The staircase rises from the centre of the interior space on the first level, punches through the second level, and terminates in a mezzanine attic study beneath a jack roof. It leans street-ward as it rises to align with the existing roof ridgeline. Han’s decision to centralise the staircase on the first and attic levels necessitated its lean; the five-foot way’s presence at level one shifted the central point of that space back from the ridgeline.

Creating the leaning, spiralling central stringer proved a challenge as no Singapore-based fabricators could be found with the ability to roll steel on such a tight diameter. The solution involved cutting a 20mm-thick, 600mm diameter pipe after having installed it and welded on the treads. New structural steel floor beams around the staircase support it while visually mimicking the existing timber beams, all of which have been painted white. A narrow gap is maintained between the staircase ‘cloak’ and each floor to emphasise the distinction between the forms.

The staircase separates the first level into an entry zone and a living space. Beyond it, sets of sliding glass doors allow the living space to be opened up to a linear kitchen, a bedroom (used by the current tenants as a dining room), a bathroom, and a small rear yard. The kitchen is open to a shallow reflecting pond that sits at the base of the double-volume courtyard. Overhead is a trellis of lengths of hollow aluminium section (open to the sky). It casts a rich texture of shadow and light onto the party wall, pond, and floor as the day progresses.

On the second level, the role of the spiral staircase in organising space continues. Here, sheathed in frosted glass, it is surrounded by an ensuite bathroom – the components of which occupy nooks between it and the surrounding walls.. The ensuite enclosure separates the master bedroom from a bedroom-cum-sitting room. Light from the ensuite illuminates the staircase at night, and during the day natural light filters down through the staircase from the jack roof.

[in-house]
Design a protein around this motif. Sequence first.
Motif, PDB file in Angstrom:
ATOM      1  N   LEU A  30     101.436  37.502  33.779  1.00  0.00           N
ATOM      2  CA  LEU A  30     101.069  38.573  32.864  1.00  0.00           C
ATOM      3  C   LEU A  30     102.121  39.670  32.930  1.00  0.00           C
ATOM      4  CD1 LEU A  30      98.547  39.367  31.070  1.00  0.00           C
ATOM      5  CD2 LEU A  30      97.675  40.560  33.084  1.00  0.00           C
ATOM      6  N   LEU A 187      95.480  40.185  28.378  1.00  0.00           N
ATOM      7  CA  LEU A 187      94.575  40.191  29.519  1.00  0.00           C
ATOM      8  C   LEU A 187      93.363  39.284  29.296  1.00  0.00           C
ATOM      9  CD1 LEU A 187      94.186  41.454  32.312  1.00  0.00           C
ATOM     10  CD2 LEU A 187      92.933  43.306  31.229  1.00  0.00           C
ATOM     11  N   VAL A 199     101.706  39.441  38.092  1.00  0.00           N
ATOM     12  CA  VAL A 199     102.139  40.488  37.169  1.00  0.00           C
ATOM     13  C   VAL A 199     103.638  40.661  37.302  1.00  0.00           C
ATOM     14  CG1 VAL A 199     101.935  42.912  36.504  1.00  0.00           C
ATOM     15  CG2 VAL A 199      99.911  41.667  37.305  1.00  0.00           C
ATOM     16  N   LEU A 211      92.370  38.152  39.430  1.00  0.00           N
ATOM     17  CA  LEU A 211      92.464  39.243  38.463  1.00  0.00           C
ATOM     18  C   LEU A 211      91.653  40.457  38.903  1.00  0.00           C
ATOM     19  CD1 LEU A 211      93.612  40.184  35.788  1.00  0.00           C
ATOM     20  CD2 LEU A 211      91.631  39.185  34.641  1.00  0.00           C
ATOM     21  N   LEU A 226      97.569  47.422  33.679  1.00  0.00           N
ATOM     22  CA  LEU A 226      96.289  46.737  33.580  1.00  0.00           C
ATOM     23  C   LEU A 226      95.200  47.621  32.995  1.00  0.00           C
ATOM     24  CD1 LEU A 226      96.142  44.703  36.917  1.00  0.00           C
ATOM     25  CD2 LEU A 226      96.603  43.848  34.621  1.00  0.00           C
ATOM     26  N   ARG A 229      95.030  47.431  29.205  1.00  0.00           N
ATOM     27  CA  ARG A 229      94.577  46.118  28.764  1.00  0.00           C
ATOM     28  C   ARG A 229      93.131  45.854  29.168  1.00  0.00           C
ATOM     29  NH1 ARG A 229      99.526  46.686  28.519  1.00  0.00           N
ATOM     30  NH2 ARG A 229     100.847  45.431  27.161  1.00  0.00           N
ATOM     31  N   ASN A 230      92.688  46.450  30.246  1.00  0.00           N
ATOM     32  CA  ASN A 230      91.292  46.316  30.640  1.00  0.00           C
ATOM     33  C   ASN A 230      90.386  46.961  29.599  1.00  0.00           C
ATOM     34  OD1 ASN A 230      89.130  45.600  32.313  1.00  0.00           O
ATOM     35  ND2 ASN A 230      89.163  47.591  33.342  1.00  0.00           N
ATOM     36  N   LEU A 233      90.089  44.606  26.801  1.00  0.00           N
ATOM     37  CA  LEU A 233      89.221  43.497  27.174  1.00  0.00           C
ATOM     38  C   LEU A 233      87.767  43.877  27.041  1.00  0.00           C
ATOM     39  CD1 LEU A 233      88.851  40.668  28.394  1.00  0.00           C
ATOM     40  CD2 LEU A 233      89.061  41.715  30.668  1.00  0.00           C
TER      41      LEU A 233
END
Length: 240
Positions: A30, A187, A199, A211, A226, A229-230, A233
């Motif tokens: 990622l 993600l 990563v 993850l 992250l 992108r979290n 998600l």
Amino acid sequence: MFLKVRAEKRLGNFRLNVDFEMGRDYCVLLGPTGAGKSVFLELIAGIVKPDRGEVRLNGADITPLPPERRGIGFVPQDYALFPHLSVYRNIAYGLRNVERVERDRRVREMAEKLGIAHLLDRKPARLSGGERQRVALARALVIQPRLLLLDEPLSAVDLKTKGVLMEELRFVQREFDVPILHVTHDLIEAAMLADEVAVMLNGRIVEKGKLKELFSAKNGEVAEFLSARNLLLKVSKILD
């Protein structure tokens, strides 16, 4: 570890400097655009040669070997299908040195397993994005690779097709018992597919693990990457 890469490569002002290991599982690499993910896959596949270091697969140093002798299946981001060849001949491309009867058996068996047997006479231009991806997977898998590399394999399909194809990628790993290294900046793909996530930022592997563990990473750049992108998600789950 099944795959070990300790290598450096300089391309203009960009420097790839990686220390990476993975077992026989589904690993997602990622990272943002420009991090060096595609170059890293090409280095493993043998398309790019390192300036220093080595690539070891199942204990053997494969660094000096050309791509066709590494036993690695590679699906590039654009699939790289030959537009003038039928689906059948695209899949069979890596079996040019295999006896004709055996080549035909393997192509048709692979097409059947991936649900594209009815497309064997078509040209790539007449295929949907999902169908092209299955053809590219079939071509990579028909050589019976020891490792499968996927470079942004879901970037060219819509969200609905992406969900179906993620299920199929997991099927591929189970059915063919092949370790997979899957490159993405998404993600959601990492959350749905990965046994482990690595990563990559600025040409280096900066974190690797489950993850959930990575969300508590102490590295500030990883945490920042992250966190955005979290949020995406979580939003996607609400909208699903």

A final bedroom space at the rear is set apart b the courtyard void and the two new bathrooms that overlook the airwell. The conspicuous bathroom bulge is caused by the presence of a bathtub and basin set in a bulbous concrete form that is intentionally too large for the space. Partial visual enclosure is provided by the aluminium slats, but a moulded rail allows for the hanging of a shower curtain. Natural ventilation (through openings in the glazed ceiling) can be augmented by an exhaust fan.

An air of spectacle – both formal and atmospheric – accompanies Han’s interventions within Unit 19. Han’s extensive preservation of the existing building and his emphasis on traditional shophouse elements (such as the courtyard/airwell and pond) help to ground his ‘artful’ insertions in a solid context while sensibly delivering ventilation and filtered light suitable to tropical living. The home’s ‘wow factor’ and its vibrant location were two of the main attractants for the tenants, which suggests that the developer’s proposed formula should pay off.

Pocket Projects’ online documentation of the units reveals the quite divergent approaches of the participating architects. Art events have already been planned for two of the other units, and the properties have been included in a local heritage tour-provider’s route. The promotion of contemporary local architectural work in a historical context should broadcast a good message about the possibilities of thoughtful boutique-scale development and the capabilities of local practitioners.

Writer: Narelle Yabuka
Photography: Courtesy of HYLA